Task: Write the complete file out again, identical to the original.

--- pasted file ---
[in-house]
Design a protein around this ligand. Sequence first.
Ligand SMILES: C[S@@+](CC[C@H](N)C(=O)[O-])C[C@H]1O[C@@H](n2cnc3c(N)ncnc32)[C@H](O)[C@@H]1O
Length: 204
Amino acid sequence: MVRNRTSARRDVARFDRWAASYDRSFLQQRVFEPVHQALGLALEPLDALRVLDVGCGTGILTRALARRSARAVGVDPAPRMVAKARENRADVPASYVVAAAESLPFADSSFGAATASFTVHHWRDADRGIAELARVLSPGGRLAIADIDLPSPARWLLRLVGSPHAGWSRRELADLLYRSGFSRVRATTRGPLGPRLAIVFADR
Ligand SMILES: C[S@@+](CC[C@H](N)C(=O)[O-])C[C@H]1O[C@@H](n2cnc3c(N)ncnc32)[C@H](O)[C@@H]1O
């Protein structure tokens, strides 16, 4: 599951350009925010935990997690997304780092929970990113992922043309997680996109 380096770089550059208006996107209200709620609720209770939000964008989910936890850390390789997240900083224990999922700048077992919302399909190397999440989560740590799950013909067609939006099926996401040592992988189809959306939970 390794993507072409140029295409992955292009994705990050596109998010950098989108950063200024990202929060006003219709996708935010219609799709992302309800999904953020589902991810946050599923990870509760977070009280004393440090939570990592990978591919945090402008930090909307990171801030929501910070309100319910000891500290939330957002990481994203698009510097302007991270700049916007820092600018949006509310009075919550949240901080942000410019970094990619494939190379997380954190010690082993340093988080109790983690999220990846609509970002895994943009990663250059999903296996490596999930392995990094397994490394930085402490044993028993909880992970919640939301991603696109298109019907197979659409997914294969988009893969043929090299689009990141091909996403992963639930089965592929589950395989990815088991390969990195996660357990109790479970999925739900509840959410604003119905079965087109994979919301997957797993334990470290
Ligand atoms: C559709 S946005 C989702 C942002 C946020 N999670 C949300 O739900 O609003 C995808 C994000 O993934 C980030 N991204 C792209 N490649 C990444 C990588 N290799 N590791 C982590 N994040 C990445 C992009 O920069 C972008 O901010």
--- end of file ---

[in-house]
Design a protein around this ligand. Sequence first.
Ligand SMILES: C[S@@+](CC[C@H](N)C(=O)[O-])C[C@H]1O[C@@H](n2cnc3c(N)ncnc32)[C@H](O)[C@@H]1O
Length: 204
Amino acid sequence: MVRNRTSARRDVARFDRWAASYDRSFLQQRVFEPVHQALGLALEPLDALRVLDVGCGTGILTRALARRSARAVGVDPAPRMVAKARENRADVPASYVVAAAESLPFADSSFGAATASFTVHHWRDADRGIAELARVLSPGGRLAIADIDLPSPARWLLRLVGSPHAGWSRRELADLLYRSGFSRVRATTRGPLGPRLAIVFADR
Ligand SMILES: C[S@@+](CC[C@H](N)C(=O)[O-])C[C@H]1O[C@@H](n2cnc3c(N)ncnc32)[C@H](O)[C@@H]1O
């Protein structure tokens, strides 16, 4: 599951350009925010935990997690997304780092929970990113992922043309997680996109 380096770089550059208006996107209200709620609720209770939000964008989910936890850390390789997240900083224990999922700048077992919302399909190397999440989560740590799950013909067609939006099926996401040592992988189809959306939970 390794993507072409140029295409992955292009994705990050596109998010950098989108950063200024990202929060006003219709996708935010219609799709992302309800999904953020589902991810946050599923990870509760977070009280004393440090939570990592990978591919945090402008930090909307990171801030929501910070309100319910000891500290939330957002990481994203698009510097302007991270700049916007820092600018949006509310009075919550949240901080942000410019970094990619494939190379997380954190010690082993340093988080109790983690999220990846609509970002895994943009990663250059999903296996490596999930392995990094397994490394930085402490044993028993909880992970919640939301991603696109298109019907197979659409997914294969988009893969043929090299689009990141091909996403992963639930089965592929589950395989990815088991390969990195996660357990109790479970999925739900509840959410604003119905079965087109994979919301997957797993334990470290
Ligand atoms: C559709 S946005 C989702 C942002 C946020 N999670 C949300 O739900 O609003 C995808 C994000 O993934 C980030 N991204 C792209 N490649 C990444 C990588 N290799 N590791 C982590 N994040 C990445 C992009 O920069 C972008 O901010």